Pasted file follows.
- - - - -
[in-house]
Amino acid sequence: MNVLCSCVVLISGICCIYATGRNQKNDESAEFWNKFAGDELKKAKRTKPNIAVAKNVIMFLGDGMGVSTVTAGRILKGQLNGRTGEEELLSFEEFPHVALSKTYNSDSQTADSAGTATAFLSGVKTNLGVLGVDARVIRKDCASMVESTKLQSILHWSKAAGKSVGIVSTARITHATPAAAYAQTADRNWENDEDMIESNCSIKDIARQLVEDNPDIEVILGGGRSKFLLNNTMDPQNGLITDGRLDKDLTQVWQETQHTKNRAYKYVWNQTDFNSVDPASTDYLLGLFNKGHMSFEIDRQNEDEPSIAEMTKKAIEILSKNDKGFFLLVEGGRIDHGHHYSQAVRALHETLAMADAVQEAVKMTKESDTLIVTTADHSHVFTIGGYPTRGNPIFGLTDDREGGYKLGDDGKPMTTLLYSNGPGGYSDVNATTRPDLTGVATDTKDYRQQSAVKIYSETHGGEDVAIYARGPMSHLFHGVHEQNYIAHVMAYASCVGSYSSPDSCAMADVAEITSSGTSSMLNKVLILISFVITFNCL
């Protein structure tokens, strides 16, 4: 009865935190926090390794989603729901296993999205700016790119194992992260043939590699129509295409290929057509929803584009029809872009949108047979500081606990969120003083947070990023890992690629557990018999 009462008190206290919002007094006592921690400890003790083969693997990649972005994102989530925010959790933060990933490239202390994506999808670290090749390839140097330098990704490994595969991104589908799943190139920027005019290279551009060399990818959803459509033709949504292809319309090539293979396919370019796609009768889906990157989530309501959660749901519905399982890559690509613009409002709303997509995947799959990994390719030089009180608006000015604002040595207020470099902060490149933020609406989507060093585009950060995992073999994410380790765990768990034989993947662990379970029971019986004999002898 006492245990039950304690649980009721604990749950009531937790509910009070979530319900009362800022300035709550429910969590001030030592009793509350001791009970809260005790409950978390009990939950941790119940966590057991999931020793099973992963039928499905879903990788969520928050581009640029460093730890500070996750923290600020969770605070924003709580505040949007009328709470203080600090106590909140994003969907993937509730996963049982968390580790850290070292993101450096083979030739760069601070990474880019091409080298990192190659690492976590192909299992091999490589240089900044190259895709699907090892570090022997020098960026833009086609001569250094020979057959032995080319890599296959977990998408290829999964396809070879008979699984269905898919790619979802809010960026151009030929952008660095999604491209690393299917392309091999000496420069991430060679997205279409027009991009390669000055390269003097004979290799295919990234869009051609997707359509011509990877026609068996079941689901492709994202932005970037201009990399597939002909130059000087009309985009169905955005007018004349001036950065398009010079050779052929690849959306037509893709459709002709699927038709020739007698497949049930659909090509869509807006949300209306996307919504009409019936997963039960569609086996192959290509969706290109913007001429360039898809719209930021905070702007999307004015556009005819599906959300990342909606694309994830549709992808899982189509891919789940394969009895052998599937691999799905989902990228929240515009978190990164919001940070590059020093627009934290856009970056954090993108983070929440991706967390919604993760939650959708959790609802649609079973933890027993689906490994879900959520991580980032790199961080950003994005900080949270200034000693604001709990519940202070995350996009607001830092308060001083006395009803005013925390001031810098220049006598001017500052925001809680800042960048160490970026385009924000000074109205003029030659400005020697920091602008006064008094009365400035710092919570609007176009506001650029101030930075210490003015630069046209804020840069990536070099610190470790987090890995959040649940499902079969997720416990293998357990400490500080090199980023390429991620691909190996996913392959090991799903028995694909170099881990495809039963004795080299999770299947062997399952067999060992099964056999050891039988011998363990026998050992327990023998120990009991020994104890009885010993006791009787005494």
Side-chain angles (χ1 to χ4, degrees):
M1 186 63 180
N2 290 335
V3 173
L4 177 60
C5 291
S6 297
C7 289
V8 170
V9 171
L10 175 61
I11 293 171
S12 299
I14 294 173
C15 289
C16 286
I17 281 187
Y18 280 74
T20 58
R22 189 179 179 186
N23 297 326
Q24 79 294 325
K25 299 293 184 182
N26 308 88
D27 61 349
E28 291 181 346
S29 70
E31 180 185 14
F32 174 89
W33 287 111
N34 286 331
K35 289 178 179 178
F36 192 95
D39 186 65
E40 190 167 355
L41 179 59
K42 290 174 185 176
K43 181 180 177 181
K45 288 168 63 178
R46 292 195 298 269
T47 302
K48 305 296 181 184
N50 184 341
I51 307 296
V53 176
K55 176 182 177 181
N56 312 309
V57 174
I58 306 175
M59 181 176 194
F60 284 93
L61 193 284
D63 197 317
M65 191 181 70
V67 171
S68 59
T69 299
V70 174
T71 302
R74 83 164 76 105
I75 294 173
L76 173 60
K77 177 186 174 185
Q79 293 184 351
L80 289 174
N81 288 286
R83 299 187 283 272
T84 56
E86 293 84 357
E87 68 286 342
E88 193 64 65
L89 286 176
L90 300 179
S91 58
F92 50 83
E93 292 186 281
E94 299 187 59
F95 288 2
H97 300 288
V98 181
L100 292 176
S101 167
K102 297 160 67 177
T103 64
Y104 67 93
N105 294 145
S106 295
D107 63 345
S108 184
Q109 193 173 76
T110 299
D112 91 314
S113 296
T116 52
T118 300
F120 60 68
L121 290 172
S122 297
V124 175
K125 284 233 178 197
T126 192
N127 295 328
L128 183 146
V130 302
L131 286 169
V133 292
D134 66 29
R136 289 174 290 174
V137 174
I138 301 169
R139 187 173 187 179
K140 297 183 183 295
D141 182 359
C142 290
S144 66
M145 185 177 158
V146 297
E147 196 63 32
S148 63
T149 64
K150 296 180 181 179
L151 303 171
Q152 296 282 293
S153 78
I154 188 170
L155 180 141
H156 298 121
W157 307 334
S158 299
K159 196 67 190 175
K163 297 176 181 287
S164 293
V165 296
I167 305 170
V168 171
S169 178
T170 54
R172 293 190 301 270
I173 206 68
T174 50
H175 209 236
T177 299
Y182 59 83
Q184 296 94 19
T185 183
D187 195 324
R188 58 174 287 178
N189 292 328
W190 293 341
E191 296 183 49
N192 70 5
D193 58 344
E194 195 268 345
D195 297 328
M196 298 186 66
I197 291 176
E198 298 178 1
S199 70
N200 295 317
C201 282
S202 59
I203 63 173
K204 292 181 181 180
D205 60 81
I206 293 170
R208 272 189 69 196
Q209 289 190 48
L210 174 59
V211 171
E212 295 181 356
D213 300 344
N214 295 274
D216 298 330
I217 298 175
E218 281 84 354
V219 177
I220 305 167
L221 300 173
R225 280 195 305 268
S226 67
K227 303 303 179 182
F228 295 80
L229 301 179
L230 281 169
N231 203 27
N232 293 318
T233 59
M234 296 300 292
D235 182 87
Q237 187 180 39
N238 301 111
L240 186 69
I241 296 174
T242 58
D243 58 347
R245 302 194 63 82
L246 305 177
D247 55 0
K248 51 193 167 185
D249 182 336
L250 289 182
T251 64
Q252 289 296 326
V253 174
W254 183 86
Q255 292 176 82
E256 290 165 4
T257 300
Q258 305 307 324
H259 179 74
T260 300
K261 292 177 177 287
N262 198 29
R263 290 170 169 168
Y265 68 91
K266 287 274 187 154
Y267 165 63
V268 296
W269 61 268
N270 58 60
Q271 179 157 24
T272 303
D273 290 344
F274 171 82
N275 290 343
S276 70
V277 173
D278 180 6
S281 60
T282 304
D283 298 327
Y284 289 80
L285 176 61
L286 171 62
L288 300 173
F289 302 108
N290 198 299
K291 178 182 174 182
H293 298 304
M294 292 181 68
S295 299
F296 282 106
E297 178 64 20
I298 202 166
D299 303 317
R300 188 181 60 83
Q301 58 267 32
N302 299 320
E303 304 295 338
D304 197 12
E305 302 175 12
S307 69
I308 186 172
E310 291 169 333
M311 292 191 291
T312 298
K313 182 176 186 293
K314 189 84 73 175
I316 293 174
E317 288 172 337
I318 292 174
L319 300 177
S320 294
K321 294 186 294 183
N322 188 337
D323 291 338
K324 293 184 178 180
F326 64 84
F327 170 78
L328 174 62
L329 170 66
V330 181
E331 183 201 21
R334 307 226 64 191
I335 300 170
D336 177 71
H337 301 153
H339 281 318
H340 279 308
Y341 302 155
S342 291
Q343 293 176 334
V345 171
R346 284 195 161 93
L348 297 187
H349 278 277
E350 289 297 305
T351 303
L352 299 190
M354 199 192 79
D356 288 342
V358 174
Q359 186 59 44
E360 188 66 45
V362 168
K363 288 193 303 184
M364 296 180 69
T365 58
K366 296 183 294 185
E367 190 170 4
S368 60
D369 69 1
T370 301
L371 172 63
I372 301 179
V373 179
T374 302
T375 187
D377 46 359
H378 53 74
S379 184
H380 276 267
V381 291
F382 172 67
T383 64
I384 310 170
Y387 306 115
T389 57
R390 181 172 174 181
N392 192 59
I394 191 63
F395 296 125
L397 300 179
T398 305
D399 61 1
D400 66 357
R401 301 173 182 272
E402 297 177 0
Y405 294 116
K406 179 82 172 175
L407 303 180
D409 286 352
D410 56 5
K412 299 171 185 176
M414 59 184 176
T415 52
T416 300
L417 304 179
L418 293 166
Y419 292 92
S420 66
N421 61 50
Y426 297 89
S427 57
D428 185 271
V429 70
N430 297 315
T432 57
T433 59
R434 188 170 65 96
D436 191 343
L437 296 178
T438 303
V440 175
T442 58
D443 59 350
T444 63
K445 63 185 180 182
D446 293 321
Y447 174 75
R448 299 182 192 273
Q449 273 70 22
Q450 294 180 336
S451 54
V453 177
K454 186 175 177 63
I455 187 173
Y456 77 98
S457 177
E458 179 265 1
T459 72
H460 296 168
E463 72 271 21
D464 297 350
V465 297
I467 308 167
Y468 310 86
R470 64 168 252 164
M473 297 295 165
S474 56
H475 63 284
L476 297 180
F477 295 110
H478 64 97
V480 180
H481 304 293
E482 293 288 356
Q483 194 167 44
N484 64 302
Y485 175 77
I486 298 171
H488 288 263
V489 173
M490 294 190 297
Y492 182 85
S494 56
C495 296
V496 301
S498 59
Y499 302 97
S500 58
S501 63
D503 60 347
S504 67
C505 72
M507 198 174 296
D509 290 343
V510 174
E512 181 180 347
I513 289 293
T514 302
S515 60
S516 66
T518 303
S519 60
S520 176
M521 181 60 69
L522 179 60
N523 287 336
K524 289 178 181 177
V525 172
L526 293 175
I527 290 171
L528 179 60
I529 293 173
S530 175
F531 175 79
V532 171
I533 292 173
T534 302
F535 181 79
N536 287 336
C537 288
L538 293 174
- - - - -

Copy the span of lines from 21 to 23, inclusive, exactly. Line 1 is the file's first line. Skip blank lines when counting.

Y18 280 74
T20 58
R22 189 179 179 186